Discerning Fake News – Family History Style

fake newsThe thing that interests me most about family history is the gap between the things we think we know about our families and the realities.
– Jeremy Hardy
In a recent post about a circa 1907 family reunion on the Rightmeier homestead in Jewell County, Kansas, I mentioned a great great uncle, August, we had lost track of.  He was one of my great great grandfather’s older brothers with whom he stowed away on a ship in order to immigrate to America from northern Germany.
A friend and reader of this BLOG who has a gift for finding information on the Internet decided to poke around for me.  I was humbled that she took time to do this.  I found an 1880 census record of Uncle August on Ancestry that put him working as a “clerk in a store” in  Pocahontas, Bond, Illinois.  We currently subscribe to only the US portion of Ancestry, but my friend has the global version.
Avoiding Making Fake News
She found all kinds of neat stuff that opened up all manner of “filling in the blanks”.  I wrote a great BLOG about it, even contacted a couple of family members about it. Using  my version of Ancestry to find more details, I filled in a few more gaps.  Once done, I decided to update my family tree maker in preparation to build a tree on ancestry with all this found information.  And then I realized that the August Rehtmeyer that worked as a clerk in a store was not MY uncle August.  Opps, that pesky reality, Truth, was about to mess up all my work.

I thought I had verified all the known data, including birth place, date and age.  It is true, that this man was from the same region, Lippe, Germany as my ancestor.  The name spelling was different but easily explained since the German surname Regetmeier had made a couple of evolutions on spelling even in our branch of the family.  Between the levels of literacy, accents and the manual way in which records were kept, name mis-spellings occurred.
I thought I had compared the date of birth but somehow had a brain cramp and was off, ahem, a mere 20 years.  I had confused the date of birth of this August with the time my Uncle August become a citizen. So although my friend found all kinds of good information on August G, it was not for my Uncle Konrad August.   I had managed to play a game of “telephone” with myself!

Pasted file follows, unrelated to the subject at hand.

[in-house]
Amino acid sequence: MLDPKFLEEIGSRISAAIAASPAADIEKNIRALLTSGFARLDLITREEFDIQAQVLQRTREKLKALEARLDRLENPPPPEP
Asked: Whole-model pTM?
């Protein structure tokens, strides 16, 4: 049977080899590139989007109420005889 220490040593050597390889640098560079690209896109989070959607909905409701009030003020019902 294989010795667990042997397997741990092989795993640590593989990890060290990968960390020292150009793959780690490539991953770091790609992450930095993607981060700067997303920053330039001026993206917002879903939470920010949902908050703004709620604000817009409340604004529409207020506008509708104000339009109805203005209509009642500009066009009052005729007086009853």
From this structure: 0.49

Lessons Learned To Avoid Fake News
  • This exercise did give me some experience using Ancestry.  It is stunning that I was able to piece together the story of a branch of a family tree, even if it was not mine.  I may still publish the BLOG.
  • Check and recheck known facts.  This is good advise for all of us in the world we live in today.  It would be nice if the news media would return to this instead of pressing deadlines to grab market share.
  • Use the expertise of others.  There are a couple of relatives who have already done work on Ancestry and Family Tree Maker.  I had not checked those out along the way.  Shame on me.

They already had found my Uncle August but the information had not migrated to my part of the family.  I will be sharing that soon.  In the end, it was the work of a first cousin twice removed, that saved me from putting out misinformation.  Thank you Cousin Al!

The Joy Of Discovery

I was surprised at how excited I was as I discovered the bits and pieces of this other family.  I find it curious at how visceral this can be.  It is not a matter of discovering something that validates my life or who I am.  It is rather a sense of connecting the dots that lay somewhere within.  I can see how all kinds of belief systems come our of this sense of history.  It calls to us from within.  As a Christian, I know Who this is, my Creator and Redeemer.  His creation is connected, no matter how twisted of times we live in.

NOTE TO SELF
Beware of fake news of all kinds, especially that of your own making.  That is my lesson of the week!
Have you had a moment when truth stopped you cold?  I dare you to share it in the comments!  Don’t forget to subscribe!

Leave a Reply

Your email address will not be published.